THU AM News: WEDC expects significant business failures, opportunities in 2021; WMC to open new litigation center challenging government overreach

— Following WEDC’s comments on Foxconn negotiations, the technology group said it too is optimistic an amendment to its contract is within reach.

Foxconn said it came to the table with WEDC in August in response to market conditions that were unforeseeable three years ago. The tech giant is looking to lower taxpayer liability in exchange for flexibility to explore new growth opportunities with incentivized future business development and job creation in Wisconsin, according to Foxconn.

“Foxconn is optimistic that an amendment to the WEDC Agreement is within reach,” the company said.

See the previous story on WEDC Secretary and CEO Missy Hughes’ comments on Foxconn negotiations: 

— Hughes says Wisconsin will see significant business failures but also opportunities in 2021.

She said WEDC was able to track real-time data through credit card transactions and sales tax payments to get an idea of what was happening to businesses throughout the pandemic.

When asked how many businesses will be gone for good as a result of COVID-19, she said unfortunately, she thinks it’s going to be a significant number.

“I think we’re really going to see it in the hospitality industry, the tourism industry, the restaurant industry, and with the pandemic continuing into the winter months, it’s going to make it even harder for those businesses,” she told a Press Club luncheon on Tuesday.

In the late fall, the third phase of the “We’re All In” grants were specifically targeted at food, beverage and amusement businesses with annual revenues between $1 million and $7 million, with each qualified business receiving $20,000. More than 2,000 businesses received these grants. Hughes said the money was meant to keep restaurants in businesses during the dark months of the year when outdoor dining was disappearing.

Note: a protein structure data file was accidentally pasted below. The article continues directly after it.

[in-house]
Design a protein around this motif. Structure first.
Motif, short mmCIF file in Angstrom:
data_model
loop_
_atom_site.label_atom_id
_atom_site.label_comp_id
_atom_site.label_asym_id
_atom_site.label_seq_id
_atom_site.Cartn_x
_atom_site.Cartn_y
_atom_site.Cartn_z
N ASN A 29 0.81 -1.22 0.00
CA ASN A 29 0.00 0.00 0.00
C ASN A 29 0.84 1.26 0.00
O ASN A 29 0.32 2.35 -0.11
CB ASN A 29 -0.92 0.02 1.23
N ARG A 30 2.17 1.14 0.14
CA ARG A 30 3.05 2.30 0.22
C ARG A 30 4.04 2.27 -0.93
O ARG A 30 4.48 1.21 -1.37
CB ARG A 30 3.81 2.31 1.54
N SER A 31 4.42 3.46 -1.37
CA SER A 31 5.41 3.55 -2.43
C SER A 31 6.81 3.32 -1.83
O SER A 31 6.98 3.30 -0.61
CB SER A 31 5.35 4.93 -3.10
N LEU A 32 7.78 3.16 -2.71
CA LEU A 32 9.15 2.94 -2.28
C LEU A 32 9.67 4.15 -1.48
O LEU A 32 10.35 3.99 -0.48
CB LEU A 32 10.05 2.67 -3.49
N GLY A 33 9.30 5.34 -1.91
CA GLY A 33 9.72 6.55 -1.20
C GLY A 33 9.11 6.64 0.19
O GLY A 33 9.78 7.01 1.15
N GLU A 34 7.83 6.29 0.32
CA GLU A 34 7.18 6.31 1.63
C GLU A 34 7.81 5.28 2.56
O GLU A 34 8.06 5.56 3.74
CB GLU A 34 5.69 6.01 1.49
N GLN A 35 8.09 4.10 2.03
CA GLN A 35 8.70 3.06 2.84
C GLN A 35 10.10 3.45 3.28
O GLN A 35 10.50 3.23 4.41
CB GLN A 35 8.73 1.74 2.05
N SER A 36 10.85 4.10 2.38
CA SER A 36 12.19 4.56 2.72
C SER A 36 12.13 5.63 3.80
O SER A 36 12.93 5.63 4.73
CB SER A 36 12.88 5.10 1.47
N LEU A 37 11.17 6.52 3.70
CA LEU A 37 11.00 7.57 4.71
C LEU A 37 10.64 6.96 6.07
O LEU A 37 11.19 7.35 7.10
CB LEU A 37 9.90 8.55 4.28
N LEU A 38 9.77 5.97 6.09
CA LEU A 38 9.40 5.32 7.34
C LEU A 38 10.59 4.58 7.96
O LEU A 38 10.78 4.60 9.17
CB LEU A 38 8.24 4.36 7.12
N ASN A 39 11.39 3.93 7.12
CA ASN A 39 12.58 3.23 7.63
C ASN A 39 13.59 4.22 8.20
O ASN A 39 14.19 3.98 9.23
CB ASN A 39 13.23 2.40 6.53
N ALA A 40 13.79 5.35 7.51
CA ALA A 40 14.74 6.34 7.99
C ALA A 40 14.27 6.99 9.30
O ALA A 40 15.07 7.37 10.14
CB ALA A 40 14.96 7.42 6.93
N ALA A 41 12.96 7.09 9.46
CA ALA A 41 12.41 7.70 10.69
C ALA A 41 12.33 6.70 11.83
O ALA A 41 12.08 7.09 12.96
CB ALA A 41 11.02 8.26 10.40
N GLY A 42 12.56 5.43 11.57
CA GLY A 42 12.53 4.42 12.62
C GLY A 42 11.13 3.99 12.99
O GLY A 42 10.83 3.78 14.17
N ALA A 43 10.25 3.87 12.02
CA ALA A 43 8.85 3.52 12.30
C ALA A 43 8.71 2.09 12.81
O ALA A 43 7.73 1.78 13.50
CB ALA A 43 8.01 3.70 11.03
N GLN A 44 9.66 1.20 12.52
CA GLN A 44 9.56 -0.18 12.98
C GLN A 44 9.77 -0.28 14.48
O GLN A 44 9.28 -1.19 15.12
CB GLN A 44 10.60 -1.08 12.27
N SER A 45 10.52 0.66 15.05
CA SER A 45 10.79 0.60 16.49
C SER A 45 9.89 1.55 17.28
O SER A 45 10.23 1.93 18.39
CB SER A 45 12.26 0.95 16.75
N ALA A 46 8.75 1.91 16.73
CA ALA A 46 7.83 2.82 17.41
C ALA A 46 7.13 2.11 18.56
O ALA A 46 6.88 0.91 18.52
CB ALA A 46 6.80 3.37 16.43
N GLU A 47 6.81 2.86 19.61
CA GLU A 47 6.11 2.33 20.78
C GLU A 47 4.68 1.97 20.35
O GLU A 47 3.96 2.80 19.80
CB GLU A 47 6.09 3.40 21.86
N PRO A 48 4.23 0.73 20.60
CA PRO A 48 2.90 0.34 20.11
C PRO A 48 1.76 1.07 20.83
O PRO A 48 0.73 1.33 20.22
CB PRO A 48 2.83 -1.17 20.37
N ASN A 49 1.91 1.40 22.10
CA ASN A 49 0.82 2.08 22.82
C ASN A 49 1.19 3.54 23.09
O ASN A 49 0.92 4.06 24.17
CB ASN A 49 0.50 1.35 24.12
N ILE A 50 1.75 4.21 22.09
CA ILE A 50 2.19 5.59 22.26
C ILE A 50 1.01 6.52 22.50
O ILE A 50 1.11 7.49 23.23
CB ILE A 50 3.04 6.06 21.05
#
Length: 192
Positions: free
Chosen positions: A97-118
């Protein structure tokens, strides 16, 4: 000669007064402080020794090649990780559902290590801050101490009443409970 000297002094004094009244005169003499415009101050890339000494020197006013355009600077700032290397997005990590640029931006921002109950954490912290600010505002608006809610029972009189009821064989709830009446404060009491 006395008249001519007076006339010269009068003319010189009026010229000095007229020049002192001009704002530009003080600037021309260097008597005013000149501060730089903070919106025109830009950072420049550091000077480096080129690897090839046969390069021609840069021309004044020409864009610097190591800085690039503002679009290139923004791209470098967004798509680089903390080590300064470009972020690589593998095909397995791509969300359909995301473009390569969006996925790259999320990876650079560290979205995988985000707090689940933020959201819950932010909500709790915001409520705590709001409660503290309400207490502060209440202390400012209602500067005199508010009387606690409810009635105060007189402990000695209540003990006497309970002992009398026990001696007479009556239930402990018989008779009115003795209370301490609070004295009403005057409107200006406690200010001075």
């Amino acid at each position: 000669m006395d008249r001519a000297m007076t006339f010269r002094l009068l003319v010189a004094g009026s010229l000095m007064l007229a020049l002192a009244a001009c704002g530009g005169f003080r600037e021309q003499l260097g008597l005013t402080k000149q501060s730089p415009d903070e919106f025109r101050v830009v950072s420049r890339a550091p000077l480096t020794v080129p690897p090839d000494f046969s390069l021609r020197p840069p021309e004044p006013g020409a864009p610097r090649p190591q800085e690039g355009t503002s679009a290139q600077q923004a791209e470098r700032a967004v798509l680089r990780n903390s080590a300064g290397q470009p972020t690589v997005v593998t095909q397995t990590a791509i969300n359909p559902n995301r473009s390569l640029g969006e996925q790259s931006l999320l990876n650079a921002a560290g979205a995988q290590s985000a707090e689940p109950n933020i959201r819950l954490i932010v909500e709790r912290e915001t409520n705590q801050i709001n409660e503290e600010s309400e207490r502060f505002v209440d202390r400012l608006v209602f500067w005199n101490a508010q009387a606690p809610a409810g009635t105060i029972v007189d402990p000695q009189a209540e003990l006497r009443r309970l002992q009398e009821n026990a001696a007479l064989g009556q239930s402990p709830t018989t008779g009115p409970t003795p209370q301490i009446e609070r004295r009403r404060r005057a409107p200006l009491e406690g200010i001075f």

— Looking ahead to 2021, Hughes said the state has work to do in order to retain and attract businesses, such as improving workforce housing, broadband, child care and health care. 

She said challenges are an opportunity to bring women, people of color and those who have been incarcerated into the workforce. 

Hughes also said she’s encouraged by the second round of federal stimulus, including the next round of the Paycheck Protection Program.

Hughes called for greater capital access within Wisconsin for startups and entrepreneurs in order to attract and retain young companies.

“It’s critical that we also start to really think in Wisconsin about investing in ourselves and investing in our companies so that they will stay here,” she said.

Wisconsin currently has the Badger Fund of Funds, a partnership formed a few years ago by the state to invest in Wisconsin venture capital funds that will in turn invest in Wisconsin-based new ventures. Other Midwest states, such as Michigan, Ohio and Indiana, also created both private and public funds. 

“We’re trying to look at those different opportunities and think about what would most serve the Wisconsin entrepreneurs given the dynamics that we have in Wisconsin and perhaps coming forward with an idea around that,” Hughes said. “Wisconsin’s entrepreneurs deserve that.”

Watch the event:

— Wisconsin Manufacturers & Commerce is opening a new litigation center to challenge what it views as overreaches of government regulations.

Lucas Vebber, who will serve as the litigation center’s executive director, said the new effort’s charge will also focus on separation of powers issues and defending the free enterprise system.

The conservative Wisconsin Institute for Law & Liberty has filed a series of lawsuits against the Evers administration on a range of issues, including actions impacting businesses. Vebber said the two efforts may overlap at times. But the WMC effort won’t represent third parties, instead representing its members’ interests.

“WMC like WILL is a mission-based organization,” Vebber said. “Our mission is to make Wisconsin the most competitive state in the nation to do business.”

Vebber was WMC’s general counsel and director of environmental and energy policy before leaving in 2018 to join the WILL. He returned to WMC this fall.

See more: 

— Cocktails-to-go could be another tool that restaurants can use to stay afloat during a capacity-limiting pandemic that restricts indoor dining.

The bill, which is circulating the Capitol for cosponsors, would allow a “Class B” licensed retailer — most commonly taverns and restaurants — to sell a cocktail or wine by the glass for consumption off-premise. The restaurant or bar would have to seal the container with a tamper-evident seal before the cocktail is removed from the premises.

A version of to-go drinks is currently permitted in 33 states and Washington D.C. in response to COVID-19, according to bill cosponsors Sen. Mary Felzkowski, R-Tomahawk, and Rep. David Steffen, R-Howard.